So if you saw any of the trailers for Whiskey Tango Foxtrot, you probably thought it was going to be a terrible rom-com set during the War in Afghanistan (which, yeah, that would be awful). And while this movie does have a little Eat, Pray, Love vibe to it since its main character, Kim Baker (played by Tina Fey), is a white, middle-aged woman looking for more adventure in her life—career and relationship-wise—Whiskey Tango Foxtrot leans more toward Zero Dark Thirty or The Hurt Locker.
Based on the true story of foreign correspondent Kim Barker, whose memoir, The Taliban Shuffle: Strange Days in Afghanistan and Pakistan, is the foundation for this movie’s story, Whiskey Tango Foxtrot is more about the drama behind the lives of journalists in foreign countries.
What reporters experience while following troops on assignments, the social microcosm they create while in a foreign country (which they hilariously refer to as the “Kabubble” in this movie since they’re in Kabul), the way they get addicted to capturing shocking footage to further promote their careers—these are the stories we don’t hear about among the news of bombings and troops getting attacked. And it’s fascinating.
Let’s talk about the “Kabubble” thing because I think this is the most interesting part. Whiskey Tango Foxtrot is like crack for anyone who enjoys sociology because it’s all about the social dynamics within a microcosm. And this particular microcosm is a bunch of English-speaking white reporters (who are mostly male) hanging out in a country with huge cultural differences from their own and a language that most of them don’t speak. How does that affect the relationships between the characters?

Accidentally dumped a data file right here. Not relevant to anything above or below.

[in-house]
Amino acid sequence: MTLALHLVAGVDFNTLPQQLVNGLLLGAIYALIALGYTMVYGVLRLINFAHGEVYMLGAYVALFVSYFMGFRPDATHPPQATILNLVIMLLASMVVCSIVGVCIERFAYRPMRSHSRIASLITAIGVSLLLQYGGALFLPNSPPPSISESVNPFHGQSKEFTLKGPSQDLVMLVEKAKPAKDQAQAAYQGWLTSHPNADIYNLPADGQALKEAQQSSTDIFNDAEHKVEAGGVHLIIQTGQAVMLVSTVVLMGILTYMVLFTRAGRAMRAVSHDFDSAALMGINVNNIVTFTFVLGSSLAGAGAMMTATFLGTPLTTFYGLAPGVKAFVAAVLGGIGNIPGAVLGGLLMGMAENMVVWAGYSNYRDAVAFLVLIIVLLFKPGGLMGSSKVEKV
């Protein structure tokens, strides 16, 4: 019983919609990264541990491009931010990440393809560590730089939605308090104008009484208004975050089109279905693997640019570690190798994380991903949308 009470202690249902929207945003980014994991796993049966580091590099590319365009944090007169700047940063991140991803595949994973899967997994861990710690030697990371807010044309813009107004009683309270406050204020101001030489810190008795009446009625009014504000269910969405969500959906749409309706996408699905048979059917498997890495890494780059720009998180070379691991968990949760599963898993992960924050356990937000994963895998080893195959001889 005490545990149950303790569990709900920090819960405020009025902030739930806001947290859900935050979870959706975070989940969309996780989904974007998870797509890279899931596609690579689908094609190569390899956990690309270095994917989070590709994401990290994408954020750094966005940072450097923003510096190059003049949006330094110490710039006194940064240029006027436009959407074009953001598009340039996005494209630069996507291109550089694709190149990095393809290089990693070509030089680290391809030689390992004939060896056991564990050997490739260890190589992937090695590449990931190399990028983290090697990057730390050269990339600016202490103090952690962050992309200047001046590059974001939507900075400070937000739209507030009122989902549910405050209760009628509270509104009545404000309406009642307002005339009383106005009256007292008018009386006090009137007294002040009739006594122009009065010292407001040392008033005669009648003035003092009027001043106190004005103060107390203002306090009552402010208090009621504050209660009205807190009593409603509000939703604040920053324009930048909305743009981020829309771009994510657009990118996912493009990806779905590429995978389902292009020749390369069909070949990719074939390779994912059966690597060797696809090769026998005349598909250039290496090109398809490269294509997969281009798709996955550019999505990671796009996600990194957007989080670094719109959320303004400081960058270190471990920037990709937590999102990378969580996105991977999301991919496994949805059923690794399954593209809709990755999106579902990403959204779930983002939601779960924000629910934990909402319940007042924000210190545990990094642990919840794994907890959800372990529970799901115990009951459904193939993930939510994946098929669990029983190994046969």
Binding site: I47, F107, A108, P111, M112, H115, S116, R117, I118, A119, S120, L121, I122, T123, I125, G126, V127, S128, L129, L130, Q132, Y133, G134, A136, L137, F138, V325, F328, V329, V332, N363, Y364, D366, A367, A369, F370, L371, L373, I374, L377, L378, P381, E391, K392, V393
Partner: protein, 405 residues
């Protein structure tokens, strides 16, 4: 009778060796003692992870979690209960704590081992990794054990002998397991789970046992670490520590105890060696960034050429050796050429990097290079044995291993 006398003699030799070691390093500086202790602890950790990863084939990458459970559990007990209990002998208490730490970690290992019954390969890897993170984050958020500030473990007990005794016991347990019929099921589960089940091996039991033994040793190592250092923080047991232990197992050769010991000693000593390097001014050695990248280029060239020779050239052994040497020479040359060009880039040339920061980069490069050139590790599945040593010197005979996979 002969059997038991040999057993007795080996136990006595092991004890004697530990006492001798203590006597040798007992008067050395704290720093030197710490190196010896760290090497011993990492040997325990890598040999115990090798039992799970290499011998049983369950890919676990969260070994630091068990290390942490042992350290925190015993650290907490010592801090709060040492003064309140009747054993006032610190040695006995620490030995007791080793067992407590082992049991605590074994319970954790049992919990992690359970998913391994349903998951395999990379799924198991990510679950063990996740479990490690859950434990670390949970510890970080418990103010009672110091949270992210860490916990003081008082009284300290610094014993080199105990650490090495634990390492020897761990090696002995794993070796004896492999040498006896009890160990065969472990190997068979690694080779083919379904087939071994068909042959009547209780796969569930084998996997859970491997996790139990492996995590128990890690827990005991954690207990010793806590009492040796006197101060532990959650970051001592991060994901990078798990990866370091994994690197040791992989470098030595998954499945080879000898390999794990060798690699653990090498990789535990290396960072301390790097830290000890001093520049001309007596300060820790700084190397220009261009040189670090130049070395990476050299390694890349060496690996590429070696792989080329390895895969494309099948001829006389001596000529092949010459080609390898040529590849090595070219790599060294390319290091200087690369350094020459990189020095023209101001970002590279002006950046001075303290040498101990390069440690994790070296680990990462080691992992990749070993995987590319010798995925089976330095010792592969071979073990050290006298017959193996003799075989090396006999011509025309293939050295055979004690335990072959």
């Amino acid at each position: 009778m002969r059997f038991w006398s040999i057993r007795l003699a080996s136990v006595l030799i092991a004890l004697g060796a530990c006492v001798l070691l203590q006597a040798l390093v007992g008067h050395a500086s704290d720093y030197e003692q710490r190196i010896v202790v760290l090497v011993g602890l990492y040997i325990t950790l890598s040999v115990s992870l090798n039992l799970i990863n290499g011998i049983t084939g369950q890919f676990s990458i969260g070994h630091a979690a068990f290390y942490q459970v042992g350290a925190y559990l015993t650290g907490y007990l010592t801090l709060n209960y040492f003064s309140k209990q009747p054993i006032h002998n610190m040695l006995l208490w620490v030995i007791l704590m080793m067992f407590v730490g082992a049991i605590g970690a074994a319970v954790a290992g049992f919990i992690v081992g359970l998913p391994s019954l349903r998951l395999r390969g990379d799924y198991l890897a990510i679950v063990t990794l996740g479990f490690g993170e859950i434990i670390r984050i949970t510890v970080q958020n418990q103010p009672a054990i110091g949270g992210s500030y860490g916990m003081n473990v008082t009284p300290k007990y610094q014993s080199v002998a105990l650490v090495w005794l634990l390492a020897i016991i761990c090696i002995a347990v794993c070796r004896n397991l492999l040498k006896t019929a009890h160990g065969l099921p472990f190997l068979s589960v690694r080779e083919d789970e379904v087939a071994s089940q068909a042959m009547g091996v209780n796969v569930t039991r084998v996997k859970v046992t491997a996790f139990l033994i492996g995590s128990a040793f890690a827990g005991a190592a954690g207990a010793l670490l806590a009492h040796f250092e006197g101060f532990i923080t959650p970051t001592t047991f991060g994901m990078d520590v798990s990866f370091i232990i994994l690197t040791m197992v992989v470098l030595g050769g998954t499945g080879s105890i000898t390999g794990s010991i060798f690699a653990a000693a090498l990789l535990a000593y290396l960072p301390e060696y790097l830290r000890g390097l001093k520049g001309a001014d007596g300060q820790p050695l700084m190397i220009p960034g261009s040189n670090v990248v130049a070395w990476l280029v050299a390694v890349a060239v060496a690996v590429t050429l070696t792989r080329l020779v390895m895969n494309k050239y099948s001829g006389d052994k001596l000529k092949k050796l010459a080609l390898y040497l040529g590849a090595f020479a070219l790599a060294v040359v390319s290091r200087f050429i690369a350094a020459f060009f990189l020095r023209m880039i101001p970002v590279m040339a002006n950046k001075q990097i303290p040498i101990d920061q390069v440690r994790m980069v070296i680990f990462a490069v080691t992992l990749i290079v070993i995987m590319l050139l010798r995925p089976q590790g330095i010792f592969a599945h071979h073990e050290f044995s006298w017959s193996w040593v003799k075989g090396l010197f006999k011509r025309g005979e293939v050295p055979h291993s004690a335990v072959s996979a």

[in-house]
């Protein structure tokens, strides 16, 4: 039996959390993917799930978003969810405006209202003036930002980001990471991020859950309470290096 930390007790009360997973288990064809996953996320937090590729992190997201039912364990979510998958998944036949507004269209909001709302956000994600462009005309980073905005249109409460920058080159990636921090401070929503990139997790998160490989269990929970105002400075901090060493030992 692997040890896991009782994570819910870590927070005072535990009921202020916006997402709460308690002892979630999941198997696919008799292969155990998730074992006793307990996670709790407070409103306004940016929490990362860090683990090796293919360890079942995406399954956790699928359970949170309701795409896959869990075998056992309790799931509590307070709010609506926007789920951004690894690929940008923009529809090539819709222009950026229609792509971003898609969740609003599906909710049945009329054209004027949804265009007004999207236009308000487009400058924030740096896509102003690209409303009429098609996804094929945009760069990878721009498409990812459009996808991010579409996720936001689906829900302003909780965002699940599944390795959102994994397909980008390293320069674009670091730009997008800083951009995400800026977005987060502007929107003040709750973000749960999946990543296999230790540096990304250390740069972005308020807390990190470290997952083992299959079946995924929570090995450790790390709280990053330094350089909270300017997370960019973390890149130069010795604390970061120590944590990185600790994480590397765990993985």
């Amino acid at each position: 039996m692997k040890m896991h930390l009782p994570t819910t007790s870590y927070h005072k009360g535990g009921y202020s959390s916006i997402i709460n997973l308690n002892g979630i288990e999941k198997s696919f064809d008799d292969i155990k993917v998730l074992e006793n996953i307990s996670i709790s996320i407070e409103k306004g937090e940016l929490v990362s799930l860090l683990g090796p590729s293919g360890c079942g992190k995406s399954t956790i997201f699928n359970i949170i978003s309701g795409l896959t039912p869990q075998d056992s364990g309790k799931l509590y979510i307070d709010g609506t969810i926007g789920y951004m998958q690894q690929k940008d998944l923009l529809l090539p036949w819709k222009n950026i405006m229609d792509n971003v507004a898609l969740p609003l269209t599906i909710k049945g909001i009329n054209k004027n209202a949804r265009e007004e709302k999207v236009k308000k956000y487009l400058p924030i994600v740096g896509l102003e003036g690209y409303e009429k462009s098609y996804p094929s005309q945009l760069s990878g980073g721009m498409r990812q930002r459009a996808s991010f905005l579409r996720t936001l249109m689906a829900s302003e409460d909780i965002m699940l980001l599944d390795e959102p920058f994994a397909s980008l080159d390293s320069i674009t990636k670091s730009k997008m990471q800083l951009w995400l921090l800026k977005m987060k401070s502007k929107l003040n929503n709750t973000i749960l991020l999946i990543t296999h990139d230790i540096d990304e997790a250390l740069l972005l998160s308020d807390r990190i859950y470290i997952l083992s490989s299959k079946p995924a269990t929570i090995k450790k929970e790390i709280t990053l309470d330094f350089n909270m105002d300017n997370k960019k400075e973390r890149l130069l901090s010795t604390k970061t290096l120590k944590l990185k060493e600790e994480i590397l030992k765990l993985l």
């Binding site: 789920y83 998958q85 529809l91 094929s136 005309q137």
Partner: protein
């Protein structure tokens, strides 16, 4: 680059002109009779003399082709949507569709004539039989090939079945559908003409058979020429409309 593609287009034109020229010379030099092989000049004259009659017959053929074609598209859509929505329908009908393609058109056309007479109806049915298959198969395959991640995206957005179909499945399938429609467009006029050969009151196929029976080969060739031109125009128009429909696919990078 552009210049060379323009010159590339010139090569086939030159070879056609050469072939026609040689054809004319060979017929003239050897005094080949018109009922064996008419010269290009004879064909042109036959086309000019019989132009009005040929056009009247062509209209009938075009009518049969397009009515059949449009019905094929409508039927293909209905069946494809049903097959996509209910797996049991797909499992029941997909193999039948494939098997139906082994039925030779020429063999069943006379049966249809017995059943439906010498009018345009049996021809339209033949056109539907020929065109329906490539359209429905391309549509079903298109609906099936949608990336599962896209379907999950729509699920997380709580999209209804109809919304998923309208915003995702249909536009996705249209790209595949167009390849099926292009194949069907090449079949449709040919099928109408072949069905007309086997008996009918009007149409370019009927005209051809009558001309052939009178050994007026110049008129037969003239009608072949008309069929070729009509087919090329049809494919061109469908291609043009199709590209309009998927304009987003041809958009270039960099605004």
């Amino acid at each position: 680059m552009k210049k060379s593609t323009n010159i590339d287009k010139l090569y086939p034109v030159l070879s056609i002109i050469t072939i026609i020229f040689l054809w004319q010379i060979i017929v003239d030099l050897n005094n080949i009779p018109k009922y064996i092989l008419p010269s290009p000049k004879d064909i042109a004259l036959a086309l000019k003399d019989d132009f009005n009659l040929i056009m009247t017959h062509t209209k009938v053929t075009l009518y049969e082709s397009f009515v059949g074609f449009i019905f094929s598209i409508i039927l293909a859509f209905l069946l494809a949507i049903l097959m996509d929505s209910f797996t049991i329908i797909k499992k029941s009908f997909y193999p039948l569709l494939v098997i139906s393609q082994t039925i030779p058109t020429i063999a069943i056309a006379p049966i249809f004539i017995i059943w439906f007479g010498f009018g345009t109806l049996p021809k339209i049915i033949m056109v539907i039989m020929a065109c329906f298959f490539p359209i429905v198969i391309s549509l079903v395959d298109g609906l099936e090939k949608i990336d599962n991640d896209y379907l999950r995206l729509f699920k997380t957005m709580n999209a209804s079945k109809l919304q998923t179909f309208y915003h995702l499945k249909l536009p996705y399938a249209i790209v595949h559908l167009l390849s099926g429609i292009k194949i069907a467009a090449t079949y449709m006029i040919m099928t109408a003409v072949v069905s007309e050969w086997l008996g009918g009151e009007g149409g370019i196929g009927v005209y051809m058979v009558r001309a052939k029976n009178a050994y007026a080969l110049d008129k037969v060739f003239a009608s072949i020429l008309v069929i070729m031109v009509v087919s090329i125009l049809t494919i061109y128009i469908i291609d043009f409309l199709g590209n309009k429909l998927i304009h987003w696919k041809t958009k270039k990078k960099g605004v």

Kim Baker and Tanya Vanderpoel (Margot Robbie), for example, are the only women reporters, so they naturally gravitate toward one another. But would they ever run in the same social circles back home? As Tanya says, Kim is a “6 or 7,” but in Afghanistan, she’s a “9 borderline 10.” And, hi, Margot Robbie, so we know where Tanya stands. Their friendship in Afghanistan is necessary for social survivor. It’s like when the popular girl in high school has lunch at a time when the other popular girls don’t, so she sits with people she’d normally make fun of. But even though they’re both women stuck together in a foreign land, they’re still journalists on competitive networks, so there’s also a professional rivalry between them.
There’s also gender politics in the bubble, which we’re shown with juxtaposing male characters. Afghanistan’s Attorney General Ali Massoud Sadiq (Alfred Molina) initially ignores Baker because she’s a woman, directing all of his questions to her male security guard during their interview; however, when she displays confidence, he sees her “mouthiness” as sexually desirable and from then on tries to coerce her into having sex. On the other hand, General Hollanek (Billy Bob Thornton), the Marine Corps leader whose troops Baker follows, initially worries Baker will distract his men (Enter another comment about the environment-relative hotness scale), but as their professional interaction goes on, he realizes she’s just there to do a job, and he treats her with respect.
And yes, there are love interests because, as I said earlier, there’s a slight Eat, Pray, Love vibe. Baker and journalist Iain MacKelpie (Martin Freeman) repeatedly hook up after Baker catches her long-term boyfriend cheating. MacKelpie, of course, is a symbol of the “exotic escape.” But the better relationship is the one between Baker and her Afghan security detail, Fahim (Christopher Abbott). Their non-sexual companionship provides the most compelling moments in the movie, including a hand-touching scene where their feelings for one another are expressed without a single word. It’s gorgeous (and might qualify as a “sexless sex scene”).
The only issue I have with this movie is that the filmmakers cast Christopher Abbott (American of Italian-Portuguese descent) and Alfred Molina (Brit of Italian-Spanish descent) to play Afghan characters. Here’s a crazy idea. HIRE ACTUAL AFGHAN ACTORS. This is yet another case of whitewashing, and it’s not cool.
(Also, if you haven’t yet figured out why they called the movie Whiskey Tango Foxtrot, please read the first letter of each of the words in the title. There you go, sport.)
Whiskey Tango Foxtrot: B-
You can listen to my review of Whiskey Tango Foxtrot on “Pat & JT in the Morning” here (at 35:33).